Reverse Pyramid Training
About 150 miles due west of San Antonio sits the hardscrabble border town of Del Rio, Texas. Not exactly a tourist hub but a hub of excellence in pugilism! Boxers are born and bred learning the traditional Mexican Style.
Adam benShea and I decided to head south to the border and check out the fights.
About high noon we pulled into town to a skid row looking chow hall, selling live goats out the back and serving the best menudo north of Old Mexico.
In the midst of the excitement, we met one of the best boxing trainers on either side of the border, “El Jefe”, an early adopter to the Mexican Style. As the jukebox played “Waltz Across Texas” by Ernest Tubb, we learned the previous year, for El Jefe’s fighters, had been a Waltz across Texas.
In all of El Jefe’s gold mine of wisdom, the take away point was to do first things first. He explained sparring must be done first, when fresh. El Jefe kept reiterating workouts must be ordered in importance.
From business to weight training, this advice is valuable.
Reverse pyramid training, today, is as popular at your local commercial gym purgatory as the idea of embracing Timothy Leary’s teaching methodology at Bob Jones University.
While there may be a few outliers in either scenario, they are the last of a dying breed.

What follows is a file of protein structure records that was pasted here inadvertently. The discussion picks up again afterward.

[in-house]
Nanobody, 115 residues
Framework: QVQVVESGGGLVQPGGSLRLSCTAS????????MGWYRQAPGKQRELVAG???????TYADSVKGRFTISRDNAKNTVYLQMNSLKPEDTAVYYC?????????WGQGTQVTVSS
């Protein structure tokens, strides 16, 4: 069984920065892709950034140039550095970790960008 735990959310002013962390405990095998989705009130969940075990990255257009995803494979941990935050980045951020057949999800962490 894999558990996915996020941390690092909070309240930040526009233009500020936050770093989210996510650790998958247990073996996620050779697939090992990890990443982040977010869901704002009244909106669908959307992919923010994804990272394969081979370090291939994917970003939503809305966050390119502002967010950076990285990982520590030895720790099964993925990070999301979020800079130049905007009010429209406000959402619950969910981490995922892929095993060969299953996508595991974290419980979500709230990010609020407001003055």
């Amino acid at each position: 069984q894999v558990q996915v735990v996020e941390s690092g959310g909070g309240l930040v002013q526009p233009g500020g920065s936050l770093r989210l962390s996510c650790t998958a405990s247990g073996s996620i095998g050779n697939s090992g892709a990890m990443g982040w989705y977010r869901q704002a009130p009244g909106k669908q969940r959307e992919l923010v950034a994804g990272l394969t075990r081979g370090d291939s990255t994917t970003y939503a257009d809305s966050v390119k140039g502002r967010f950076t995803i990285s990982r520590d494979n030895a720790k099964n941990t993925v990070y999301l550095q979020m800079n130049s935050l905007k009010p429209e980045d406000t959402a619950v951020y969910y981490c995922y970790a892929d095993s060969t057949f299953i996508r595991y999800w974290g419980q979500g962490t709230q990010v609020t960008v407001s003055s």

For nearly three quarters of a century, pyramid training has been popularized by Weider Publications and advocated by many pillars of the iron game.
Pyramiding involves performing sets consisting of high reps at the beginning of the workout (base of pyramid), and working toward the top of the pyramid by decreasing reps and increasing weight.
Because you start with lighter weights, it gives your muscles and connective tissues a chance to warm up for the heavier weight later in the workout. As you increase weight, you overload your muscle fibers, and that induces muscle hypertrophy.
Part of the reason pyramid training works so well is the simple application of progressive overload. Simply, pyramid training has numerous variables that can be used for intensification; this overload is the gateway to the strength of Samson and the streets of hypertrophy heaven.
Let’s look at this example of a pyramid bench press workout.
Set 1: 205 x 11, rest interval 3 minutes
Set 2: 215 x 9, rest interval 3 minutes
Set 3: 230 x 7, rest interval 3 minutes
Set 4: 240 x 5, rest interval 3 minutes
Set 5: 255 x 3
With all of these different sets for a different number of repetitions, there are countless variables that can be used to increase intensity.
Let’s look at some examples.
If we reduce the rest interval by just 15 seconds, we have increased intensity.
If we add just one repetition to one of the sets, we have increased intensity.
By adding an extra set (without increasing workout duration), we have increased density, a highly effective, under-utilized overload method. In the tradition of my late mentor, Steve Holl, we could just pile more pig iron on the bar.